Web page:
3

You will be much happier if scanning slides with it than if scanning color negatives. This inexpensive type will have a tiny compact-camera style sensor and an inexpensive lens (whereas a DSLR camera will have a much larger sensor and maybe a $600 macro lens, which will of course be better). Hopefully the lens is adequate, but even this inexpensive camera ...


2

I've successfully scanned batches of postcards, photos, and even entire thick old photo album pages with a 600dpi Canon P-208ii document scanner. It scans both sides at once, outputs to a range of formats including JPG and PDF, can do automatic image corrections and alignment on the fly, and works pretty fast. Pricewise, it's currently available from online ...


2

A DSLR is not required for 3D scanning. With simple, low-poly scans, you're better off with a multi-sensor array like a Kinect or Leap-Motion. However, for ultra-high quality, high-poly scans, a camera like a DSLR would be advantageous. a Nikon L20 Coolpix is not a DSLR, but it will serve the purpose with its 10.34MP sensor.


2

I like the broad hardware and OS support, nice license, and rapid update cycle, of VueScan - it runs on all the desktop machines in my home, and talks to all the scanners.


2

This behaviour is not normal. Aperture should write the assosiated source file(s) to the directory you specify in the export dialog, depending on the options probably in a subfolder named by the project. So something goes severly wrong. For troubleshooting I suggest you check the following things: Does this happen to all photos or only to one/some? Is the ...


2

This is known as a moire pattern, and it is a result of the source image being composed of a regular dot pattern in a grid - called "halftoning". The grid of the dots in the original image is misaligning with the pixels the scanner sees, so you see a beat pattern forming signalling this difference. The way to overcome (or at least minimise) this is to scan ...


2

Normally, the idea is that to print double size, you scan at 600 dpi and print at 300 dpi (for 2x). Or to print triple size, you scan at 900 dpi, and print at 300 dpi (for 3x). Anyway, that is the idea for printing enlarged copies. However, prints really don't enlarge very well. One, prints are already enlarged, and two, print paper is simply only designed ...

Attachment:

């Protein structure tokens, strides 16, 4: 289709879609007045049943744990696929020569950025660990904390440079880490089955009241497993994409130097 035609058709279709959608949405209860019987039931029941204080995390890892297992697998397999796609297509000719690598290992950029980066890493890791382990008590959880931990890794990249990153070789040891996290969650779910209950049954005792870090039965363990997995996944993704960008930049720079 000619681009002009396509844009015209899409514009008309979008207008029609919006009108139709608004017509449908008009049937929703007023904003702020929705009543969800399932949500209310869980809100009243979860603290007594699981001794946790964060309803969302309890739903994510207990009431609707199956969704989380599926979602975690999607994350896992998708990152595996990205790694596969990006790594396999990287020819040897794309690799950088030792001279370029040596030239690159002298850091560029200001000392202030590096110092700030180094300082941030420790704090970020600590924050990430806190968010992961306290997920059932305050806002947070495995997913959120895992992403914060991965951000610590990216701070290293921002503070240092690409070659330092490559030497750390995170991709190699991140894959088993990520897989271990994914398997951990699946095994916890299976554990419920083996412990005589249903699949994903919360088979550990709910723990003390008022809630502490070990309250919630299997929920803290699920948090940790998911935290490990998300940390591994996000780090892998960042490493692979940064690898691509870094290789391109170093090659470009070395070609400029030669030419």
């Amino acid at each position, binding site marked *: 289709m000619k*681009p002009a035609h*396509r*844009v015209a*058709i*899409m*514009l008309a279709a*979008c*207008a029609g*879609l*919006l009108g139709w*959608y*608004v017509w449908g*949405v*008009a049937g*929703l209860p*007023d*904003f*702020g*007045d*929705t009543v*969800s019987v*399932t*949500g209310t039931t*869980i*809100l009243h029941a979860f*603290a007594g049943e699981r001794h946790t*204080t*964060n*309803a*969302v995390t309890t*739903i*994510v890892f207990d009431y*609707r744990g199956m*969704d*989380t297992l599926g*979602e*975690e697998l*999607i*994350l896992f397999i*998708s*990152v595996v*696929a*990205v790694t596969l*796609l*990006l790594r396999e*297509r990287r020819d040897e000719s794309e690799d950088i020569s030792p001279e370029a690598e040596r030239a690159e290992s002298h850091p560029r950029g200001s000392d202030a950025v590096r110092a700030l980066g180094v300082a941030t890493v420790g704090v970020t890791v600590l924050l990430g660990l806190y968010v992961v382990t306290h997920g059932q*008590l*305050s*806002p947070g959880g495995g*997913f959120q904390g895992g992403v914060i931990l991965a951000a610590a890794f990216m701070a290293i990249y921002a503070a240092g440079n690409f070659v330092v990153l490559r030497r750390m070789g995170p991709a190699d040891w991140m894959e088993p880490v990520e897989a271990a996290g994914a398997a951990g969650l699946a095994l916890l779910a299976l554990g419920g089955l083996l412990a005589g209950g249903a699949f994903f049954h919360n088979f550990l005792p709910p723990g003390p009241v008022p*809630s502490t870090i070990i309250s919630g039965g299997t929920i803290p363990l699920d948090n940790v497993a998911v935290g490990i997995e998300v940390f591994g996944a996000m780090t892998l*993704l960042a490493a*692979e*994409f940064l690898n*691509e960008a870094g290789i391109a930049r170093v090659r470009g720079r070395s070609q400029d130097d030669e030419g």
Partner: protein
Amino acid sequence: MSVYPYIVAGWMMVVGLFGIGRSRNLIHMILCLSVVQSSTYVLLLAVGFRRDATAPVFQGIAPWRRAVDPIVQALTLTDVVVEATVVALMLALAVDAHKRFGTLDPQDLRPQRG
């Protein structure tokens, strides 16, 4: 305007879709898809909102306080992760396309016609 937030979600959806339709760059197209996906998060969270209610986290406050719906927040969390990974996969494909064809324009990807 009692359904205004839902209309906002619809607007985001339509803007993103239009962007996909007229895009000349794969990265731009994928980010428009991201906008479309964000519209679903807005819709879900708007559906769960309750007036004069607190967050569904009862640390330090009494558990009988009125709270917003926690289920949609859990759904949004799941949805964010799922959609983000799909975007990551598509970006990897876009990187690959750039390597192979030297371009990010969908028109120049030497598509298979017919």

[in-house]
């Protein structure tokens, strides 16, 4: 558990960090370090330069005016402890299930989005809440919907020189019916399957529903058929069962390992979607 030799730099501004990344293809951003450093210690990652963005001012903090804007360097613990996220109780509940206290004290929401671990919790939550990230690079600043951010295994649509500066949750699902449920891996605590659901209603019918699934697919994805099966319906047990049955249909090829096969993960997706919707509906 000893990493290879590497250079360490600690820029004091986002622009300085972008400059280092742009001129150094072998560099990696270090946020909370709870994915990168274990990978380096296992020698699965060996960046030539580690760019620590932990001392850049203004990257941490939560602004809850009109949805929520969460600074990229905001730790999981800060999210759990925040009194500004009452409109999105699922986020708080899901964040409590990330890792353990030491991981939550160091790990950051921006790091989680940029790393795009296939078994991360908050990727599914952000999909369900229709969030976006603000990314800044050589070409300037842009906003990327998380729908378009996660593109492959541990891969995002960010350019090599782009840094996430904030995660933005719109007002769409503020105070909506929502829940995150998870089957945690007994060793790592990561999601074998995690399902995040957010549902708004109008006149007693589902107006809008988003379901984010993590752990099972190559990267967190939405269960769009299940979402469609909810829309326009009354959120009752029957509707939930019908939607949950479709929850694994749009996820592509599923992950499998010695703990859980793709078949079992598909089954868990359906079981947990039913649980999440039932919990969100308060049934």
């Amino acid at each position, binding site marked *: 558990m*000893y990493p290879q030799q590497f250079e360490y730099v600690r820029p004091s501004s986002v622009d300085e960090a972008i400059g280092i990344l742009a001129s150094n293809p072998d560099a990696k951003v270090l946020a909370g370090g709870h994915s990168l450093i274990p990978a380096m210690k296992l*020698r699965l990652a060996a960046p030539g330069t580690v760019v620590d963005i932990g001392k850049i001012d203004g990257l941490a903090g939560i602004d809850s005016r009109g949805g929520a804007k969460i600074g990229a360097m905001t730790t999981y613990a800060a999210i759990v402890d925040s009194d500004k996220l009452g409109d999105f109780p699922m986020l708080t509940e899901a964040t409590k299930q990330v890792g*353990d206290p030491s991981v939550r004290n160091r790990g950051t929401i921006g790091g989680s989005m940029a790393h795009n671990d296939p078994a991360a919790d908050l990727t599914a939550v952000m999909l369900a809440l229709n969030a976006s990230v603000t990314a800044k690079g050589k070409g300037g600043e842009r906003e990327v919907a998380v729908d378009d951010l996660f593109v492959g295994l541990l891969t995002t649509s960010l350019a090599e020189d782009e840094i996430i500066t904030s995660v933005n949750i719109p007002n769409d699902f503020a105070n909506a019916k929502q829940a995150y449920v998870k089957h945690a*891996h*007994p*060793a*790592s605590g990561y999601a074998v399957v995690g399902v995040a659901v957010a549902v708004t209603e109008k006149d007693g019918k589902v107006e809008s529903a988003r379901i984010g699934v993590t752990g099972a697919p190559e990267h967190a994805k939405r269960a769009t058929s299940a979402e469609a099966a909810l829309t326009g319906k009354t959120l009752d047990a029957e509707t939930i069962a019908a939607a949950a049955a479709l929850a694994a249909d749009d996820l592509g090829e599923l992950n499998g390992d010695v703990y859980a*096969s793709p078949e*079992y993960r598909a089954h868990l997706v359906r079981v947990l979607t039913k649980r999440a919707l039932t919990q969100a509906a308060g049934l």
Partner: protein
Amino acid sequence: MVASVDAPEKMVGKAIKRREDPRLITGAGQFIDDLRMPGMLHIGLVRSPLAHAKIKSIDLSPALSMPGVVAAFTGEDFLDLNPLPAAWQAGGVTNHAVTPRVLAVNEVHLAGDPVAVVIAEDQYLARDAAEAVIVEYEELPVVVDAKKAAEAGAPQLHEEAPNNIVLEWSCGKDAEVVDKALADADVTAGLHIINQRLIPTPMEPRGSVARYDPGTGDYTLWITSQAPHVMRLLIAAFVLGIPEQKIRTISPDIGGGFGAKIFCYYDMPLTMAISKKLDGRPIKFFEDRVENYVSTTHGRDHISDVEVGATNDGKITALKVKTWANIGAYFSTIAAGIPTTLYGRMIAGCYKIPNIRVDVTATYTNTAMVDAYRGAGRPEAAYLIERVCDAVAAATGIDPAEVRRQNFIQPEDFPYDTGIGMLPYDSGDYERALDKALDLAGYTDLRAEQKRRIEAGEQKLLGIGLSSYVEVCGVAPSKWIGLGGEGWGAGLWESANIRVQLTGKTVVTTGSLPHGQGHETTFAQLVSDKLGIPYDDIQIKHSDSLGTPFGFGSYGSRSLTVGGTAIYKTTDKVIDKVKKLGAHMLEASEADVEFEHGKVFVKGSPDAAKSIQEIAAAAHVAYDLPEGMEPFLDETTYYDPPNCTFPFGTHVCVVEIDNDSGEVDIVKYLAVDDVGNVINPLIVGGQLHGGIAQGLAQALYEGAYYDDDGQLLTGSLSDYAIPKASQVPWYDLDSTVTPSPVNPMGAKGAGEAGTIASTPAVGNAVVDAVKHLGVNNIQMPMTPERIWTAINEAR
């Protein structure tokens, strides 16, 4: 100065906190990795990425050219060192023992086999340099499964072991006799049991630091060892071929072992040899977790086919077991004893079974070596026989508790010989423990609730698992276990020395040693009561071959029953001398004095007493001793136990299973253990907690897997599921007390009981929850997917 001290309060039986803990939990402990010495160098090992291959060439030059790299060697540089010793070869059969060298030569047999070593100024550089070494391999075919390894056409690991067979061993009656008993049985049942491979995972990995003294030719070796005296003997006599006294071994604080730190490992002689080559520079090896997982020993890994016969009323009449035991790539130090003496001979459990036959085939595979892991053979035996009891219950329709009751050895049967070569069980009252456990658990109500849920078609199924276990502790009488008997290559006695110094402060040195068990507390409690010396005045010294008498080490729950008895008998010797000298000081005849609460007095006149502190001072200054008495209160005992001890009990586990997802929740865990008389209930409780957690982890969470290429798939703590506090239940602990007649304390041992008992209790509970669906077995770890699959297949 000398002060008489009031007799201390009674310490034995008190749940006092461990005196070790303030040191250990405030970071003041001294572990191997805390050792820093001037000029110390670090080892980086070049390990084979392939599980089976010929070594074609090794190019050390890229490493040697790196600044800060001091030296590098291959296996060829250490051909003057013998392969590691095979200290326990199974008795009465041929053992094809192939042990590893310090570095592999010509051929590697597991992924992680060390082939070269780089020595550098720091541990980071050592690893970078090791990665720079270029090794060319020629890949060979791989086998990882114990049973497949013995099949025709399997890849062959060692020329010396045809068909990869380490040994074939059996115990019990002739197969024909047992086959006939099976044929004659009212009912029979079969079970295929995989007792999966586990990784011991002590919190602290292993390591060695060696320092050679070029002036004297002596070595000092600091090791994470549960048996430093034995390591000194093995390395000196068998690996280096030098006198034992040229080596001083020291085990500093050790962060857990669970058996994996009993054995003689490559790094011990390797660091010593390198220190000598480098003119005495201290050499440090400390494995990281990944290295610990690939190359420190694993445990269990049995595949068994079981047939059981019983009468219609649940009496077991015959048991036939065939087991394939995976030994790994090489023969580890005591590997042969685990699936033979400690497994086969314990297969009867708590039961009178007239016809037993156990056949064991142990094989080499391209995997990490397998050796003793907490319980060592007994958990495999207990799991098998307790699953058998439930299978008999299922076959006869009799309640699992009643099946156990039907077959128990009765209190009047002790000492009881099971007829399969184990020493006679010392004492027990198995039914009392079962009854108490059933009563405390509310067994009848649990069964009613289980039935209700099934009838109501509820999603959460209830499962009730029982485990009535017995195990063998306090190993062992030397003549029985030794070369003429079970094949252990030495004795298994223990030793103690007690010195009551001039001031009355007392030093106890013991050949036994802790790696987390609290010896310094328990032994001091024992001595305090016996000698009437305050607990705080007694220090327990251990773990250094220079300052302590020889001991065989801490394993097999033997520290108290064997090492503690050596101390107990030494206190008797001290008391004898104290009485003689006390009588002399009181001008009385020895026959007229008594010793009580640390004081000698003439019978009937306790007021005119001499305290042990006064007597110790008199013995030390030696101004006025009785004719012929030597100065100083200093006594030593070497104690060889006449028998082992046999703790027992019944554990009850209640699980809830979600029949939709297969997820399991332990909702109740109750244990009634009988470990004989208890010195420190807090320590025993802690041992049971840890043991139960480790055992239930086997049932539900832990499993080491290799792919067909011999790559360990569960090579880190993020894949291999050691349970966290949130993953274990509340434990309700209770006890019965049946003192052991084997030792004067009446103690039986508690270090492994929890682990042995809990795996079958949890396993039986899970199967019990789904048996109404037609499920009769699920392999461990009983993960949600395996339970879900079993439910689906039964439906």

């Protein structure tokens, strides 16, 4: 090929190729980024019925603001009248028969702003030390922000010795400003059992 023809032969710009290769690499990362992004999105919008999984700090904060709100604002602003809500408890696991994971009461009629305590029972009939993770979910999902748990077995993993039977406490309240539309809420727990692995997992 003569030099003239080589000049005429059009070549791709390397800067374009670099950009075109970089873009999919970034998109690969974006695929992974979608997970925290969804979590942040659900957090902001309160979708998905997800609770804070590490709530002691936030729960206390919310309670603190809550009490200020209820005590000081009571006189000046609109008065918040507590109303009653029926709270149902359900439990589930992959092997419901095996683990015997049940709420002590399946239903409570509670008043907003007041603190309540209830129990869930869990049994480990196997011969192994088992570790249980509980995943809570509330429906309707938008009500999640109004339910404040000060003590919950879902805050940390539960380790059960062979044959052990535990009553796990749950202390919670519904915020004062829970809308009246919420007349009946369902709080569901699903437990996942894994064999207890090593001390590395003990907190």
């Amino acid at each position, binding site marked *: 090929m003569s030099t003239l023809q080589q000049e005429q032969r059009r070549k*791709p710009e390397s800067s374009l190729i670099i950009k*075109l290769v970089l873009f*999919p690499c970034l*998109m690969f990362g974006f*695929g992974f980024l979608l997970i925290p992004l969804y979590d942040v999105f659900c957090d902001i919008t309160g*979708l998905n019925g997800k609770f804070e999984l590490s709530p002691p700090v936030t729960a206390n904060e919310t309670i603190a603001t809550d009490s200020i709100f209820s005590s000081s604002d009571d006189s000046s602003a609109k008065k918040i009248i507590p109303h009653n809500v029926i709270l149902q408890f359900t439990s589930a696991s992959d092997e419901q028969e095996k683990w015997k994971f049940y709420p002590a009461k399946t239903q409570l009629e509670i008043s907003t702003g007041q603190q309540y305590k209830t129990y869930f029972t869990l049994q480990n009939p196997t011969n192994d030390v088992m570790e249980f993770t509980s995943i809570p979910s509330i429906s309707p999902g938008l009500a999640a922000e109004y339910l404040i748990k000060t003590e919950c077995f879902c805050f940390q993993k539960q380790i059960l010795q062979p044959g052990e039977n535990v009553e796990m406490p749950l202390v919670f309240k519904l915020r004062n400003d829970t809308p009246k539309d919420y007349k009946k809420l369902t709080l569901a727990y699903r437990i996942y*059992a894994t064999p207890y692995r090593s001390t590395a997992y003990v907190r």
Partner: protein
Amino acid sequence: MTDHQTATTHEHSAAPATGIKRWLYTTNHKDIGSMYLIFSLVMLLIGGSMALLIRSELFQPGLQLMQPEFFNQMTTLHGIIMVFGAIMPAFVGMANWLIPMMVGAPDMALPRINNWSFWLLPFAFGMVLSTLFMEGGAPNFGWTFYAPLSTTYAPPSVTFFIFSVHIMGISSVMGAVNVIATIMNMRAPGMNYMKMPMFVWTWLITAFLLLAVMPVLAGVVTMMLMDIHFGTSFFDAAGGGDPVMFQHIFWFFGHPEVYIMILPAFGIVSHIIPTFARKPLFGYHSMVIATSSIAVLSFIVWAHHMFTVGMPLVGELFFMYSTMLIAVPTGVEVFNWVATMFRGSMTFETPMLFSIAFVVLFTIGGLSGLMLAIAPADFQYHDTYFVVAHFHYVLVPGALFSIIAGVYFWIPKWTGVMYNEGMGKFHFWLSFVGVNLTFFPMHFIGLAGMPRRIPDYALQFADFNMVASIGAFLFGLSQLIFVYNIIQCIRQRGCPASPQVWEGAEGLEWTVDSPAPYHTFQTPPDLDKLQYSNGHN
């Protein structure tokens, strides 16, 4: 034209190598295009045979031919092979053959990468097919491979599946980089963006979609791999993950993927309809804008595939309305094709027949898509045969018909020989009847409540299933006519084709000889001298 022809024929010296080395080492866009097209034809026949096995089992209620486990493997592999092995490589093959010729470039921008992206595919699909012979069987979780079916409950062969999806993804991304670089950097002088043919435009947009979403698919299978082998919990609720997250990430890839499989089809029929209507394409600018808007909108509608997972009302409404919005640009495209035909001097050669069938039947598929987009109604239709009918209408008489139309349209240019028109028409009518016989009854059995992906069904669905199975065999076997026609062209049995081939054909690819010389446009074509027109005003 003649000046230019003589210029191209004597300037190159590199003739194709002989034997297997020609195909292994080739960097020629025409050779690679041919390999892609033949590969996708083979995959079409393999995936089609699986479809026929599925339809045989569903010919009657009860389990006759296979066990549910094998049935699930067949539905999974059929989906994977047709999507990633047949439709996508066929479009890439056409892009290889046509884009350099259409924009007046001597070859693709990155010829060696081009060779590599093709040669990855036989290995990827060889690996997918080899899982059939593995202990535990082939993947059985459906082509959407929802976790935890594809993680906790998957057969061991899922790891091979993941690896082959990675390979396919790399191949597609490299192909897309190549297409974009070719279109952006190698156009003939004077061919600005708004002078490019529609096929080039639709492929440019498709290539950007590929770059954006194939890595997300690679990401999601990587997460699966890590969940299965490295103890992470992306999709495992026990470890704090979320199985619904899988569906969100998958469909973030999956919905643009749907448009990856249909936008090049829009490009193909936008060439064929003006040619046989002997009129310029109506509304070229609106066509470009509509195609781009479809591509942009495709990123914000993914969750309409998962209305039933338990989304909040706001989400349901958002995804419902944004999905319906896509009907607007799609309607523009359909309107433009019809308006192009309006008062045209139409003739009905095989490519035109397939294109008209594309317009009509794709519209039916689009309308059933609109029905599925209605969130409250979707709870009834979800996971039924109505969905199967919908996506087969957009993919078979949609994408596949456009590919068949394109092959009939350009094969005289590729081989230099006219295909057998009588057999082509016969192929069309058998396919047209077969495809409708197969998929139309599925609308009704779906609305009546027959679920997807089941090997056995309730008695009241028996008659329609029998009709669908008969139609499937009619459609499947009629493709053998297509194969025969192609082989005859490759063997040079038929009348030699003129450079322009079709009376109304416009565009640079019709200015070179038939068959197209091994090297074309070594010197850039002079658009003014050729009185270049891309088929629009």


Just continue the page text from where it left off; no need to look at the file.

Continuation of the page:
2

Oh my. Why on earth would you need to scan something at 4800 ppi? That would give you a file of 39840x56160 or a 2,237 Megapixels... a really pro normal digital shoot has rougly 80 to 100 Megapixels (not two thousand). The restrictions are likely for people do not freeze its computer or fill their hard drive with just 50 scans. A normal photo can be ...


2

I also suspect that there is something inside your scanner interfering with scans. Since the defect follows the direction of the scan, the problem is probably located on the scanning unit (not the glass). For scanners that use CIS (contact image sensor), it could be located on the "light conductor" that is in near contact with the scanning surface. For ...


2

The results you will get are simply very bad. Pro-am scanners don’t go below $900 and lately you will have to shell another $200 to get the license that allows the full functionality of the software. The cheapest used pro scanners, if you find them because they are not manufactured anymore, will set you back a minimum of $5000 and another $1000 for one ...


1

To be clear, the Q-60 (a.k.a. IT8) is used to create a color profile of your scanner, not to calibrate the scanner. The scanner should calibrate itself on startup. Also, this will only provide a "close enough" process, since your archival scanning may include prints on various materials (matte, glossy, magazine, newspaper, etc.). In order for this to work ...


1

There are photo service bureaus that will scan your film for you, and there are many scanners available that can support scanning transparencies or film. For example the Epson Perfection V600 http://amzn.to/2avk6wY . You'd need to make sure it can mount your film size. It is best to scan at the native resolution of the scanner. Many times scanners have ...


1

It's tricky to compare RAW file formats from digital cameras and film scanners. They're quite different. A raw file from a digital camera contains the 'unprocessed' sensor data along with a set of metadata. These allow proper decoding of the raw data. Typical example is information on how to perform demosaicing of the raw sensor data (most digital photo ...


1

Any scanner will do provided it can scan transparencies as well as photographs. I have not run Linux since the days of the very early Red Hat distributions. I cannot help with scanning software. In the non-Linux world I would suggest something professional in the way of scanning software such as Silverfast. Vuescan is also an excellent piece of software and ...